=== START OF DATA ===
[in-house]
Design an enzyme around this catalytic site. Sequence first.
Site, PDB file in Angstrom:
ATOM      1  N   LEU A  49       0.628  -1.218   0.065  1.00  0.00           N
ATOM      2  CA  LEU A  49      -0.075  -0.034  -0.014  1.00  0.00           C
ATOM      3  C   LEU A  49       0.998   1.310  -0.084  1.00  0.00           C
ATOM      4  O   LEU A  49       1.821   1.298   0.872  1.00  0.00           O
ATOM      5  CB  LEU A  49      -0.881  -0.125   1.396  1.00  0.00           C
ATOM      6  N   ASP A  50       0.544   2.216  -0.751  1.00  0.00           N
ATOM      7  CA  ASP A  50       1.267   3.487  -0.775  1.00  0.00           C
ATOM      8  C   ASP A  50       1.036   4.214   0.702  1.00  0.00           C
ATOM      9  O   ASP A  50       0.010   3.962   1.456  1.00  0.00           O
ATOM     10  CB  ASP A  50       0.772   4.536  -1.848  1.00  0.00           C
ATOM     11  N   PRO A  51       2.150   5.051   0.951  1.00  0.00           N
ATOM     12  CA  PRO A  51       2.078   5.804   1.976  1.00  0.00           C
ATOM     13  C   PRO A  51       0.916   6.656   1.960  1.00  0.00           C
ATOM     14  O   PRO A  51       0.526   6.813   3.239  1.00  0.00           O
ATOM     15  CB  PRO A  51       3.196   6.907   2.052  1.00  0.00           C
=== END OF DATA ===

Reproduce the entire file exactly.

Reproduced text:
[in-house]
Design an enzyme around this catalytic site. Sequence first.
Site, PDB file in Angstrom:
ATOM      1  N   LEU A  49       0.628  -1.218   0.065  1.00  0.00           N
ATOM      2  CA  LEU A  49      -0.075  -0.034  -0.014  1.00  0.00           C
ATOM      3  C   LEU A  49       0.998   1.310  -0.084  1.00  0.00           C
ATOM      4  O   LEU A  49       1.821   1.298   0.872  1.00  0.00           O
ATOM      5  CB  LEU A  49      -0.881  -0.125   1.396  1.00  0.00           C
ATOM      6  N   ASP A  50       0.544   2.216  -0.751  1.00  0.00           N
ATOM      7  CA  ASP A  50       1.267   3.487  -0.775  1.00  0.00           C
ATOM      8  C   ASP A  50       1.036   4.214   0.702  1.00  0.00           C
ATOM      9  O   ASP A  50       0.010   3.962   1.456  1.00  0.00           O
ATOM     10  CB  ASP A  50       0.772   4.536  -1.848  1.00  0.00           C
ATOM     11  N   PRO A  51       2.150   5.051   0.951  1.00  0.00           N
ATOM     12  CA  PRO A  51       2.078   5.804   1.976  1.00  0.00           C
ATOM     13  C   PRO A  51       0.916   6.656   1.960  1.00  0.00           C
ATOM     14  O   PRO A  51       0.526   6.813   3.239  1.00  0.00           O
ATOM     15  CB  PRO A  51       3.196   6.907   2.052  1.00  0.00           C